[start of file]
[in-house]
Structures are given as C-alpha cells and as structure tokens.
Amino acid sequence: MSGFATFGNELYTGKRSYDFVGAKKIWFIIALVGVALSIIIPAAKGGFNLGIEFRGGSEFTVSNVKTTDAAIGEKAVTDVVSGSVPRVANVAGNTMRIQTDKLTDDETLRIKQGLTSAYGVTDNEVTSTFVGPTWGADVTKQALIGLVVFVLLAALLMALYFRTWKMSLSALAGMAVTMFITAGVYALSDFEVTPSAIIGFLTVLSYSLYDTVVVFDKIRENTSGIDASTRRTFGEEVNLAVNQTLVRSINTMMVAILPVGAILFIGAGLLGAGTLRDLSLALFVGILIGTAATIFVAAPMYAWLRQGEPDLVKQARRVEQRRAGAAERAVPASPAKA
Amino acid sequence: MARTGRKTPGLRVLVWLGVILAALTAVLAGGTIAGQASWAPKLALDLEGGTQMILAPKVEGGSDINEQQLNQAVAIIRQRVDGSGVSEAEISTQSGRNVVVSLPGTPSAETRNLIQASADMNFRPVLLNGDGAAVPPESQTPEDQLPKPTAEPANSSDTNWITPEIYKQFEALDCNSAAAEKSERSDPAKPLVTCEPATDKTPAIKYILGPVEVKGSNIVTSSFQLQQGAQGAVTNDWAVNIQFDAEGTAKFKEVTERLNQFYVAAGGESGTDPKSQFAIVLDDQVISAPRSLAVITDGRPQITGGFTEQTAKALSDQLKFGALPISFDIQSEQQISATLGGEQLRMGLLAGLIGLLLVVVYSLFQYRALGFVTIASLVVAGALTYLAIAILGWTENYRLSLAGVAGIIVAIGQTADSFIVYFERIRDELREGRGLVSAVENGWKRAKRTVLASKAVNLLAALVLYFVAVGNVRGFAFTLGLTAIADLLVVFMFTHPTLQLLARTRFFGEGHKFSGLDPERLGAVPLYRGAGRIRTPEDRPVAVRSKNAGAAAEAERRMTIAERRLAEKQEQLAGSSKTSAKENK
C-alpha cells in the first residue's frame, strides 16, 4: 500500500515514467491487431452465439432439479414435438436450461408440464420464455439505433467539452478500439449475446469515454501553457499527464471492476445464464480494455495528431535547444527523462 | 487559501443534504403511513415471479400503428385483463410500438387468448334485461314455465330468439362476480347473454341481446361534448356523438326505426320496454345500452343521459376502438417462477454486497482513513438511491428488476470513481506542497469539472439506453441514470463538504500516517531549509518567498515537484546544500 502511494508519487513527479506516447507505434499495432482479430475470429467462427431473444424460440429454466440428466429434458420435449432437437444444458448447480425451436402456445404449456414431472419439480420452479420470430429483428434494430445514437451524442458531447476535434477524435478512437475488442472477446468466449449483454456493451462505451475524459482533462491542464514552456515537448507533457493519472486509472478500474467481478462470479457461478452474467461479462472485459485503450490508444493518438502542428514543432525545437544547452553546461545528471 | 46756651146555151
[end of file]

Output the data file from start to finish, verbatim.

[in-house]
Structures are given as C-alpha cells and as structure tokens.
Amino acid sequence: MSGFATFGNELYTGKRSYDFVGAKKIWFIIALVGVALSIIIPAAKGGFNLGIEFRGGSEFTVSNVKTTDAAIGEKAVTDVVSGSVPRVANVAGNTMRIQTDKLTDDETLRIKQGLTSAYGVTDNEVTSTFVGPTWGADVTKQALIGLVVFVLLAALLMALYFRTWKMSLSALAGMAVTMFITAGVYALSDFEVTPSAIIGFLTVLSYSLYDTVVVFDKIRENTSGIDASTRRTFGEEVNLAVNQTLVRSINTMMVAILPVGAILFIGAGLLGAGTLRDLSLALFVGILIGTAATIFVAAPMYAWLRQGEPDLVKQARRVEQRRAGAAERAVPASPAKA
Amino acid sequence: MARTGRKTPGLRVLVWLGVILAALTAVLAGGTIAGQASWAPKLALDLEGGTQMILAPKVEGGSDINEQQLNQAVAIIRQRVDGSGVSEAEISTQSGRNVVVSLPGTPSAETRNLIQASADMNFRPVLLNGDGAAVPPESQTPEDQLPKPTAEPANSSDTNWITPEIYKQFEALDCNSAAAEKSERSDPAKPLVTCEPATDKTPAIKYILGPVEVKGSNIVTSSFQLQQGAQGAVTNDWAVNIQFDAEGTAKFKEVTERLNQFYVAAGGESGTDPKSQFAIVLDDQVISAPRSLAVITDGRPQITGGFTEQTAKALSDQLKFGALPISFDIQSEQQISATLGGEQLRMGLLAGLIGLLLVVVYSLFQYRALGFVTIASLVVAGALTYLAIAILGWTENYRLSLAGVAGIIVAIGQTADSFIVYFERIRDELREGRGLVSAVENGWKRAKRTVLASKAVNLLAALVLYFVAVGNVRGFAFTLGLTAIADLLVVFMFTHPTLQLLARTRFFGEGHKFSGLDPERLGAVPLYRGAGRIRTPEDRPVAVRSKNAGAAAEAERRMTIAERRLAEKQEQLAGSSKTSAKENK
C-alpha cells in the first residue's frame, strides 16, 4: 500500500515514467491487431452465439432439479414435438436450461408440464420464455439505433467539452478500439449475446469515454501553457499527464471492476445464464480494455495528431535547444527523462 | 487559501443534504403511513415471479400503428385483463410500438387468448334485461314455465330468439362476480347473454341481446361534448356523438326505426320496454345500452343521459376502438417462477454486497482513513438511491428488476470513481506542497469539472439506453441514470463538504500516517531549509518567498515537484546544500 502511494508519487513527479506516447507505434499495432482479430475470429467462427431473444424460440429454466440428466429434458420435449432437437444444458448447480425451436402456445404449456414431472419439480420452479420470430429483428434494430445514437451524442458531447476535434477524435478512437475488442472477446468466449449483454456493451462505451475524459482533462491542464514552456515537448507533457493519472486509472478500474467481478462470479457461478452474467461479462472485459485503450490508444493518438502542428514543432525545437544547452553546461545528471 | 46756651146555151